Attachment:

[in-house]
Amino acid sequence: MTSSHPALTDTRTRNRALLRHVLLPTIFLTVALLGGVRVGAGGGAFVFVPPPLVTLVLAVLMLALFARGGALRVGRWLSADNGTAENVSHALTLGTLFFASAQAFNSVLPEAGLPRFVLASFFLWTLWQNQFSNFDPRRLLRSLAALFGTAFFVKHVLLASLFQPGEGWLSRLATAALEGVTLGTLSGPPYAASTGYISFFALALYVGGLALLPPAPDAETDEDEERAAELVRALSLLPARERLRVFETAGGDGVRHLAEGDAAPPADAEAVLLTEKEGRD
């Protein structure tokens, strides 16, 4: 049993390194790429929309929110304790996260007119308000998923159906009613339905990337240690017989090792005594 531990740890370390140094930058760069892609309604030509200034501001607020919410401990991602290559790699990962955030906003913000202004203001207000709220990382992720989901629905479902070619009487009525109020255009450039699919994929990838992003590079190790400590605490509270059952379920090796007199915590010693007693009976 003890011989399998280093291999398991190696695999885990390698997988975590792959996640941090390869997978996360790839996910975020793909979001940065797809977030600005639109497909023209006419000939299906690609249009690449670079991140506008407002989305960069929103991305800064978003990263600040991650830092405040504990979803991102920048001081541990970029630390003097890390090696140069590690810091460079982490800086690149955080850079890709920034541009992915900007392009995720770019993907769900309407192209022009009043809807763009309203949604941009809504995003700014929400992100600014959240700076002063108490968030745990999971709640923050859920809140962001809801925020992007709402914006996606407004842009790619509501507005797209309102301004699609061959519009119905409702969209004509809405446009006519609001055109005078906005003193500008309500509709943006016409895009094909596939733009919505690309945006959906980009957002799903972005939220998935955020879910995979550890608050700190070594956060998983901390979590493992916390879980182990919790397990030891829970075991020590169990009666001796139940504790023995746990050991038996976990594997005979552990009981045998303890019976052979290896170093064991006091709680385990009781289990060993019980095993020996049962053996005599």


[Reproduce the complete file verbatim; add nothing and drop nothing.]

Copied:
[in-house]
Amino acid sequence: MTSSHPALTDTRTRNRALLRHVLLPTIFLTVALLGGVRVGAGGGAFVFVPPPLVTLVLAVLMLALFARGGALRVGRWLSADNGTAENVSHALTLGTLFFASAQAFNSVLPEAGLPRFVLASFFLWTLWQNQFSNFDPRRLLRSLAALFGTAFFVKHVLLASLFQPGEGWLSRLATAALEGVTLGTLSGPPYAASTGYISFFALALYVGGLALLPPAPDAETDEDEERAAELVRALSLLPARERLRVFETAGGDGVRHLAEGDAAPPADAEAVLLTEKEGRD
């Protein structure tokens, strides 16, 4: 049993390194790429929309929110304790996260007119308000998923159906009613339905990337240690017989090792005594 531990740890370390140094930058760069892609309604030509200034501001607020919410401990991602290559790699990962955030906003913000202004203001207000709220990382992720989901629905479902070619009487009525109020255009450039699919994929990838992003590079190790400590605490509270059952379920090796007199915590010693007693009976 003890011989399998280093291999398991190696695999885990390698997988975590792959996640941090390869997978996360790839996910975020793909979001940065797809977030600005639109497909023209006419000939299906690609249009690449670079991140506008407002989305960069929103991305800064978003990263600040991650830092405040504990979803991102920048001081541990970029630390003097890390090696140069590690810091460079982490800086690149955080850079890709920034541009992915900007392009995720770019993907769900309407192209022009009043809807763009309203949604941009809504995003700014929400992100600014959240700076002063108490968030745990999971709640923050859920809140962001809801925020992007709402914006996606407004842009790619509501507005797209309102301004699609061959519009119905409702969209004509809405446009006519609001055109005078906005003193500008309500509709943006016409895009094909596939733009919505690309945006959906980009957002799903972005939220998935955020879910995979550890608050700190070594956060998983901390979590493992916390879980182990919790397990030891829970075991020590169990009666001796139940504790023995746990050991038996976990594997005979552990009981045998303890019976052979290896170093064991006091709680385990009781289990060993019980095993020996049962053996005599």